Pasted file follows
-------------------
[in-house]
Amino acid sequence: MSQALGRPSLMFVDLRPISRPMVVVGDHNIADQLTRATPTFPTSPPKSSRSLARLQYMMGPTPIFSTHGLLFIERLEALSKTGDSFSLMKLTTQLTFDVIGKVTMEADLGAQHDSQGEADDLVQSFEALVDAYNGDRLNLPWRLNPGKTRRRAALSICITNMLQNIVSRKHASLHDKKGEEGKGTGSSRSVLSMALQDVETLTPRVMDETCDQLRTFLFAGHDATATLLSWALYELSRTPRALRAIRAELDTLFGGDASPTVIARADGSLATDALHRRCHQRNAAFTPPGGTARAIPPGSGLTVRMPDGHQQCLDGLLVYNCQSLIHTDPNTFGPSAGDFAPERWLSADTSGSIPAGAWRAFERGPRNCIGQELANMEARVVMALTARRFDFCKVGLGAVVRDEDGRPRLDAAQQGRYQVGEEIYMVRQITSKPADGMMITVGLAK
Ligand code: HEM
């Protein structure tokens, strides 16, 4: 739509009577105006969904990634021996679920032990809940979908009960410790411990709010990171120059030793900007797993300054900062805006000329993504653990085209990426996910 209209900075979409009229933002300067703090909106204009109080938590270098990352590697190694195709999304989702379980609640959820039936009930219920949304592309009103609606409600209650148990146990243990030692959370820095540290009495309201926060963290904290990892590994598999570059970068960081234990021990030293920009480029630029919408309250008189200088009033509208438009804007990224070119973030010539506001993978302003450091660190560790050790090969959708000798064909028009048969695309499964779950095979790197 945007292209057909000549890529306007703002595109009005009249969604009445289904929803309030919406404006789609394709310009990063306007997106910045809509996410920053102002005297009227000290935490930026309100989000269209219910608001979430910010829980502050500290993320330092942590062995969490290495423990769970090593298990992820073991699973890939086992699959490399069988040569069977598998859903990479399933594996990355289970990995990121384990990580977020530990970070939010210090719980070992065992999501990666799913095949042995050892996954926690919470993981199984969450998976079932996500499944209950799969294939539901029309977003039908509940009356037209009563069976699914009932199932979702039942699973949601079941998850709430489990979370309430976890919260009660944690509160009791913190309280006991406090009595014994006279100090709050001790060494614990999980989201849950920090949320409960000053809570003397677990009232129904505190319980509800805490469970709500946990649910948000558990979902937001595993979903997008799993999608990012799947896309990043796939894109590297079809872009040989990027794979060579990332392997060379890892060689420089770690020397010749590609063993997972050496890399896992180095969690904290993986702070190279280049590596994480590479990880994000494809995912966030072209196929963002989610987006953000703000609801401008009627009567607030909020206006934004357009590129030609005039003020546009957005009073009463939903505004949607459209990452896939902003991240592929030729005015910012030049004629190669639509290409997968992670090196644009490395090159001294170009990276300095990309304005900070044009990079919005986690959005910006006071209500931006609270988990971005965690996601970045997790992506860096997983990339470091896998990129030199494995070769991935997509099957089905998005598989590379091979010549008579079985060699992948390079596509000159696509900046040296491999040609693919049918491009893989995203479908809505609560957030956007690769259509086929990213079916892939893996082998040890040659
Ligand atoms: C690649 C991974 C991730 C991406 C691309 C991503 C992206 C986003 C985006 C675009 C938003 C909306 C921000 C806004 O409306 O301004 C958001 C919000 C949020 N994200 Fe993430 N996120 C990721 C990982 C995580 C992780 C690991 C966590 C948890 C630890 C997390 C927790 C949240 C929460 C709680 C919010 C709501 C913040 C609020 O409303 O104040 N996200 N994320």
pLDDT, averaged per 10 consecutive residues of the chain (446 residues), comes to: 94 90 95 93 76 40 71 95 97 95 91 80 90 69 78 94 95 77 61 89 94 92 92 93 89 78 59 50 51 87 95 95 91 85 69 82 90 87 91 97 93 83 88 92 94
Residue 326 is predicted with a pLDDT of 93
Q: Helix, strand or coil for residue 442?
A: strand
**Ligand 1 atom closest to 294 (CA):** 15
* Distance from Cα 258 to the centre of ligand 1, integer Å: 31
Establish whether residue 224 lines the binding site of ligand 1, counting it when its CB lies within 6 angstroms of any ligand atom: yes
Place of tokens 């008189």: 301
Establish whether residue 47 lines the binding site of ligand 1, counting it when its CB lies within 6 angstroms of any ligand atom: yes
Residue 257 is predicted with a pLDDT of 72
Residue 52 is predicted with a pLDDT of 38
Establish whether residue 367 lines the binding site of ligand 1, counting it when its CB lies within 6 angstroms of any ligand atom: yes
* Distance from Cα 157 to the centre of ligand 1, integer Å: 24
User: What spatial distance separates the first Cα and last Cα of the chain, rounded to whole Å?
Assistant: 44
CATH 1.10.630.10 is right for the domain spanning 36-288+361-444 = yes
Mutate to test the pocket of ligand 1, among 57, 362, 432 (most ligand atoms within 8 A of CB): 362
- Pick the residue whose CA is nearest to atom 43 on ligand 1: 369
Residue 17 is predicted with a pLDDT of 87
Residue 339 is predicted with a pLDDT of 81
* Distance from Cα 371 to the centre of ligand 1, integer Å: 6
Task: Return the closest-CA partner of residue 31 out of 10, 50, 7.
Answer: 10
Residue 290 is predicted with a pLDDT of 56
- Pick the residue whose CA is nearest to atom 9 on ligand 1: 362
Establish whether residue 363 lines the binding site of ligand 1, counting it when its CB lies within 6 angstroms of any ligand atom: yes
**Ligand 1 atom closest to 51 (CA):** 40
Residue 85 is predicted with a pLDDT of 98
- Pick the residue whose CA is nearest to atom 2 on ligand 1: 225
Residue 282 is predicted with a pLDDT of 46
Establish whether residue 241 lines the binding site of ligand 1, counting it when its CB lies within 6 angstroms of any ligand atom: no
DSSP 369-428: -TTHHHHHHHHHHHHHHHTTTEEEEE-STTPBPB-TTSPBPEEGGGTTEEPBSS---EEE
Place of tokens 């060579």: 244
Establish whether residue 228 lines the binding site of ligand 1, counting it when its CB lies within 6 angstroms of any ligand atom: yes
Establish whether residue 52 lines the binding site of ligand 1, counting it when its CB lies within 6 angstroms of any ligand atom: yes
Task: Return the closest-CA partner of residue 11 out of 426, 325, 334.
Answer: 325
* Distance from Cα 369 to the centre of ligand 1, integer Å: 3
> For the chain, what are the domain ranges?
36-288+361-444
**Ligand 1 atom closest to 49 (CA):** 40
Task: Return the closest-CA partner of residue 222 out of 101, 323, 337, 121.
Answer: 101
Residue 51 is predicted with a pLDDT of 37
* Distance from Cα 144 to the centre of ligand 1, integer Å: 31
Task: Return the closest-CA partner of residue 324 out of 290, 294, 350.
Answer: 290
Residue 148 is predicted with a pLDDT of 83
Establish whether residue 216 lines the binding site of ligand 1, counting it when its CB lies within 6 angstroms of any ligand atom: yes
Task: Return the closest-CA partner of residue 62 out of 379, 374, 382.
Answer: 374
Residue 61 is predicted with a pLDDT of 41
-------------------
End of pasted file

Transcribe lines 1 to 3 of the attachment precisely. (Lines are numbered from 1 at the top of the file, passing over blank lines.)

[in-house]
Amino acid sequence: MSQALGRPSLMFVDLRPISRPMVVVGDHNIADQLTRATPTFPTSPPKSSRSLARLQYMMGPTPIFSTHGLLFIERLEALSKTGDSFSLMKLTTQLTFDVIGKVTMEADLGAQHDSQGEADDLVQSFEALVDAYNGDRLNLPWRLNPGKTRRRAALSICITNMLQNIVSRKHASLHDKKGEEGKGTGSSRSVLSMALQDVETLTPRVMDETCDQLRTFLFAGHDATATLLSWALYELSRTPRALRAIRAELDTLFGGDASPTVIARADGSLATDALHRRCHQRNAAFTPPGGTARAIPPGSGLTVRMPDGHQQCLDGLLVYNCQSLIHTDPNTFGPSAGDFAPERWLSADTSGSIPAGAWRAFERGPRNCIGQELANMEARVVMALTARRFDFCKVGLGAVVRDEDGRPRLDAAQQGRYQVGEEIYMVRQITSKPADGMMITVGLAK
Ligand code: HEM